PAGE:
[edit] Rotary Mowers

Ford 938 48 in. Rotary Mower
Rotary mowers can be used for many grass types and cut grass with the use of rotating blades that spin rapidly to adjacent grass.

[edit] Reel Mowers

Reel mowers are similar to the rotary type in the sense that they consist of rotating blades, but the reel motor blades move vertically and are typically found in lawn mowers.[9]

[edit] Flail Mowers

Flail mowers consist of a hydraulic attachment with small blades used for cutting and snipping grass, crops or weeds.

[edit] Equipment

The Brush Hog, a rotary mower developed by manufacturer Bush Hog, uses a farm tractor with a three-point hitch and operated by PTO  to cut blades of grass or crop. The machine has been developed in such a way that if it comes across rocks or stumps, its mechanisms push it backward and progresses forward again by a centrifugal force. The Brush Hog has dull rotary blades that are more efficient in cutting heavy weeds and grass, as opposed to a sharp blade that may get stuck or delayed in these circumstances. The Brush Hog also consists of high carbon steel that is designed to survive strikes against rocks and stones.[10]

Some of Woods’ mower models are from the PRD series of finish mowers, undermount mowers, front- and mid-mount riding Mow’n Machines and zero turn Mow’n Machines.[11]

[edit] Common Manufacturers

[edit] Additional Photos

1987 Mercedes-Benz Unimog 424 4x4 Mower
1988 Roberine 1602D Mower
1996 Aibi HC55 Mower
2005 Kubota BX2230D 4x4 Mower
2007 Boxer FA1500 Finishing Mower
2007 Trincia Tritone 310 Straw Chopper
Alamo M015599 60 in. Flail Mower
Craftsman ZTS7500 Zero Turn Lawn Mower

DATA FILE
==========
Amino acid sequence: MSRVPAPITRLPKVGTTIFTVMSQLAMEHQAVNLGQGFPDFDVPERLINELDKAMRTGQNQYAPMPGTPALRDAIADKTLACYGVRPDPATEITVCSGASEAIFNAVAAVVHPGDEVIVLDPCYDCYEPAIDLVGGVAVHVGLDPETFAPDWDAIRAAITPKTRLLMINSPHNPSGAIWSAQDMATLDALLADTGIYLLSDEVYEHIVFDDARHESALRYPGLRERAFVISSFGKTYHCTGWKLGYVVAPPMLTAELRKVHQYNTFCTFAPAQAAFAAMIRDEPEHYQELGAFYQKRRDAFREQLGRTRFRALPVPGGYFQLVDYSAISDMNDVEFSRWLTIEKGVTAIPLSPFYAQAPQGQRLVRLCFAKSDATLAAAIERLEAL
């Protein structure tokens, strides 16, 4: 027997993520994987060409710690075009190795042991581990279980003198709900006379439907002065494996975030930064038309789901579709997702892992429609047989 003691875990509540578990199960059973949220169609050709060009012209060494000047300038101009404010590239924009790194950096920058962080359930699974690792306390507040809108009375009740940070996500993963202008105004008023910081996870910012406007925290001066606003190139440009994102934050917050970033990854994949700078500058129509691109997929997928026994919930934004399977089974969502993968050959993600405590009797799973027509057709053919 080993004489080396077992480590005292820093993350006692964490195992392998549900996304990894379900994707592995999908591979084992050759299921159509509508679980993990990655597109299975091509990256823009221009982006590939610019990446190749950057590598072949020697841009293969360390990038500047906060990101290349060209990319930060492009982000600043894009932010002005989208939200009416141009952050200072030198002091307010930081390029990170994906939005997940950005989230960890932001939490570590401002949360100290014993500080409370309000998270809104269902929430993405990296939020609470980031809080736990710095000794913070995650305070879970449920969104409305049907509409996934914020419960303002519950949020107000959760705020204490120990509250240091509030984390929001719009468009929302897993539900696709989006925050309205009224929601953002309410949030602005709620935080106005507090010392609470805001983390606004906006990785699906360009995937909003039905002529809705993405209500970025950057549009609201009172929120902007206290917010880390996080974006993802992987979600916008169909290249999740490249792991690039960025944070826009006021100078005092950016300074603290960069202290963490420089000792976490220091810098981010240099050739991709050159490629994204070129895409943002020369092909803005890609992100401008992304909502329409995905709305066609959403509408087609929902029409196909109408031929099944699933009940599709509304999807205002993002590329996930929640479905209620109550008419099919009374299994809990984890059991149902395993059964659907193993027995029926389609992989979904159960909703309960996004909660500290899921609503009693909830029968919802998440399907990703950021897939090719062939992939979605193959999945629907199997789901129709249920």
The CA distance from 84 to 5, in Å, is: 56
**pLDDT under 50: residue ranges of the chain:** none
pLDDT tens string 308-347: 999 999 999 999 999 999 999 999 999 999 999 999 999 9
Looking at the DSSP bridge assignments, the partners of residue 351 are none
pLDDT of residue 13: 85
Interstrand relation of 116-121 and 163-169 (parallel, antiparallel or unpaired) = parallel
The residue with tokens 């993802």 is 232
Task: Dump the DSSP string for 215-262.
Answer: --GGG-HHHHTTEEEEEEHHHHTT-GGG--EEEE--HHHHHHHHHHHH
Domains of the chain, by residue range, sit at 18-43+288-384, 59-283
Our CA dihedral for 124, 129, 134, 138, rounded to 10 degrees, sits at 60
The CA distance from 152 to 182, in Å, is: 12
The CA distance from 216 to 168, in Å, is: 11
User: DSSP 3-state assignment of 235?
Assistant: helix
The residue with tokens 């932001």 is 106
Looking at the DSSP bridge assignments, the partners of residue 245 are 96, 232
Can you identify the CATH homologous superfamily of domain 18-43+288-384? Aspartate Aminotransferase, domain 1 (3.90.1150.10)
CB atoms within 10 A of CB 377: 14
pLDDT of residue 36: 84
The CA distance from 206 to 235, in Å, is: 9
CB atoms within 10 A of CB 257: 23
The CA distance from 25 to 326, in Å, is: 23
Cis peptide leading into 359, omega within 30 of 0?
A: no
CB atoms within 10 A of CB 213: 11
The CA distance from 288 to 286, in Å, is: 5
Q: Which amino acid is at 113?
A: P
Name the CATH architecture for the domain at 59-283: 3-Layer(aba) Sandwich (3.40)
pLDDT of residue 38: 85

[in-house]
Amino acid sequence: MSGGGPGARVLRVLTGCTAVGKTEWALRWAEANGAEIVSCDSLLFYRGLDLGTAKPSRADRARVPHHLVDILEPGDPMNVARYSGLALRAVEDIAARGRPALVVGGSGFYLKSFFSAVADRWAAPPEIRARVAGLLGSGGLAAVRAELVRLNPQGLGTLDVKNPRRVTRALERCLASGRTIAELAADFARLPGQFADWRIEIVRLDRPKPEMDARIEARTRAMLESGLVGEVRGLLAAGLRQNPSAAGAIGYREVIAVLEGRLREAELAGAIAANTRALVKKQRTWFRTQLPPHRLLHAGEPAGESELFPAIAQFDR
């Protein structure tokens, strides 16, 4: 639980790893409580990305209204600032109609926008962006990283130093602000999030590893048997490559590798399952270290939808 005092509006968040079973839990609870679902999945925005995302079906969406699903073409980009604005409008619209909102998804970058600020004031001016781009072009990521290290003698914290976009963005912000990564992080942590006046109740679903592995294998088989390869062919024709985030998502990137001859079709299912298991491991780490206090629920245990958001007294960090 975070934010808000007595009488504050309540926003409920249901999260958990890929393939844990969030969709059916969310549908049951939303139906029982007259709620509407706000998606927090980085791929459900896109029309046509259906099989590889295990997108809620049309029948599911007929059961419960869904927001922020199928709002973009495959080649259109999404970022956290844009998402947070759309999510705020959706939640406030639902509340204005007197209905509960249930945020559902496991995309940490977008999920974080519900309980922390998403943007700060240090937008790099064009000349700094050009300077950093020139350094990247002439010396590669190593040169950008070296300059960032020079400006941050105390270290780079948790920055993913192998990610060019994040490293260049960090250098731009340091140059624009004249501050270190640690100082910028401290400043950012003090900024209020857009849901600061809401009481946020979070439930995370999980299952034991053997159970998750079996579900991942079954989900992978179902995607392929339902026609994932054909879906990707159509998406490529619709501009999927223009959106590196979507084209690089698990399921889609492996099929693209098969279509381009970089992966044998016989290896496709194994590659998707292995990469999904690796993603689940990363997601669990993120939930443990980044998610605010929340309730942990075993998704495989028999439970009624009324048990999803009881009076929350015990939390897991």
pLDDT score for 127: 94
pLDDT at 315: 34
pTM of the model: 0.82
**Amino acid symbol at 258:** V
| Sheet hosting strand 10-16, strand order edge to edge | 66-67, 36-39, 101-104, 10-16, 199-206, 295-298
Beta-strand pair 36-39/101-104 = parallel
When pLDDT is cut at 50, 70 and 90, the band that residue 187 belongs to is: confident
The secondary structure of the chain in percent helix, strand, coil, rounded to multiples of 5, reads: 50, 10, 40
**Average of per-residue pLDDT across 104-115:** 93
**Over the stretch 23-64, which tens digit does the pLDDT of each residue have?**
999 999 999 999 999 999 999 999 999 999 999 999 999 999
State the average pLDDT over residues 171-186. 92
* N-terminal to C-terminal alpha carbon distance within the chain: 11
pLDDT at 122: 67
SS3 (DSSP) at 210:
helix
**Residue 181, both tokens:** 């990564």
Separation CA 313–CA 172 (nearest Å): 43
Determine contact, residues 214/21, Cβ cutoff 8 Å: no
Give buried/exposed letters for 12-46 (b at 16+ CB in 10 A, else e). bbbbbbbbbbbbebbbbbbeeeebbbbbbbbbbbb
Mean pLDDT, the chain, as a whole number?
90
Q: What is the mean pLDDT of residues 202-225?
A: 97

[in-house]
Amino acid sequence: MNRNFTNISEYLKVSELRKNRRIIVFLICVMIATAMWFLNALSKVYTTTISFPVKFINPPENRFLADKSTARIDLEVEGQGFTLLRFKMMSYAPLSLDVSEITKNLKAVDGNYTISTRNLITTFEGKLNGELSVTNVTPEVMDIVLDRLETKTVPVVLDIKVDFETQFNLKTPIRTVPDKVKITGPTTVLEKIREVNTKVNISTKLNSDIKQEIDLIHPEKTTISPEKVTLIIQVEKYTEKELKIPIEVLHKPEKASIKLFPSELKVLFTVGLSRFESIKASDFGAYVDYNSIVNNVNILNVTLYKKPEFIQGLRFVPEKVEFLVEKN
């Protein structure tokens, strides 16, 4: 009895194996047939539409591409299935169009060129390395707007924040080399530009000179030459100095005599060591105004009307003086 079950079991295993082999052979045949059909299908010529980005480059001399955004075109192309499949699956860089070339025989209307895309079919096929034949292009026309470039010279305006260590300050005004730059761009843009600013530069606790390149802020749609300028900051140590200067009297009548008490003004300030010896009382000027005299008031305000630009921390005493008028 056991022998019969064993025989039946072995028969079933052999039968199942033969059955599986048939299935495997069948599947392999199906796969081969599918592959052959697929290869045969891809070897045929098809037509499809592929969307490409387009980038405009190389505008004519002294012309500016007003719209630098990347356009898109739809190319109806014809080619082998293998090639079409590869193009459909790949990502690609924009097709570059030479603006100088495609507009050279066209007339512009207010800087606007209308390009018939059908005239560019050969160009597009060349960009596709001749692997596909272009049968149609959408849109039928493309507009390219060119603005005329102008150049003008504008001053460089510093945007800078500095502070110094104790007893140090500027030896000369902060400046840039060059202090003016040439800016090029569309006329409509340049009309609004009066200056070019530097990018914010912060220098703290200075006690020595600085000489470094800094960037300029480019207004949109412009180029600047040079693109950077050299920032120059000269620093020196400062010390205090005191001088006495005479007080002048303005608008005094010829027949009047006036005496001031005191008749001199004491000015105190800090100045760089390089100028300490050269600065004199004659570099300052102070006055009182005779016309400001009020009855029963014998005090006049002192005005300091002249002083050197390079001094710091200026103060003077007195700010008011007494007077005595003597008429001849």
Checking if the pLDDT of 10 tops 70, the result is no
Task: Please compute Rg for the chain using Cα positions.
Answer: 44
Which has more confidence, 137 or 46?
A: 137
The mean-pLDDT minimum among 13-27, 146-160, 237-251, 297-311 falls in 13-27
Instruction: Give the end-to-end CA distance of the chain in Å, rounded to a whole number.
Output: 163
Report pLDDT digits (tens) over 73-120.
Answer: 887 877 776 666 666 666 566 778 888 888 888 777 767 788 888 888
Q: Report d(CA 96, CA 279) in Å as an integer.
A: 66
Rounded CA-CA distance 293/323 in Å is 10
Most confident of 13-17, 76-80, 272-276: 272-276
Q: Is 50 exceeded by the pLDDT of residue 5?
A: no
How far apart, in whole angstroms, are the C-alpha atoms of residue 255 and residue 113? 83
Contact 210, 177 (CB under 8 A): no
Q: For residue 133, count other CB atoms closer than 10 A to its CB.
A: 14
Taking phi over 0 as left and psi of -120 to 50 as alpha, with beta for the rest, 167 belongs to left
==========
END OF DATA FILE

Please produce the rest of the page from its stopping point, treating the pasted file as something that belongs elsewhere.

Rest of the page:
Cub Cadet 3184 Lawn Tractor
Jacobsen 1684 3-Reel 3WD Riding Mower
Kuhn GMD55S Mower Deck
Land Pride RCR2560 60 in. Rotary Mower
Massey Ferguson 59 5ft. Mower
MTD CSV202 Yard Vac
Ransomes Motor 180 Lawn Mower
Ransomes XT3200 Mower
Rousseau 200TS Hydraulic Flail Mower
Schulte XH1500 15 ft. Bat Wing Mower
Toro Groundmaster 223D Mower
Walker NCGHS Riding Mower
Westwood T1200 Lawn Mower
White Turf Boss FR14 Ride-on Mower
Billy Goat BC2401H Walk Behind Brush Cutter
1997 New Holland 1431 13 ft. Hydra Swing Disc Mower

[edit] References

  1. Buff, Sheila. Traditional Country Skills. The Lyons Press: Guildford, Connecticut, 2001.
  2. Partridge, Michael. Farm Tools Through the Ages. Osprey: Reading, 1973.
  3. Buff, Sheila. Traditional Country Skills. The Lyons Press: Guildford, Connecticut, 2001.
  4. Partridge, Michael. Farm Tools Through the Ages. Osprey: Reading, 1973.
  5. About Woods. Woods. 2008-09-25.
  6. Homepage. Rhino. 2008-09-25.
  7. Ramsower, Harry C. Farm Equipment and How to Use it. The Lyons Press: Guildford, Connecticut, 2001.
  8. What is a Sickle Mower. Ezine Articles. 2008-09-25.
  9. Reel Defined. People Powered Machines. 2008-09-25.
  10. Hompeage. Bushdog. 2008-09-25.
  11. Our Company. Woods Equipment. 2008-09-25.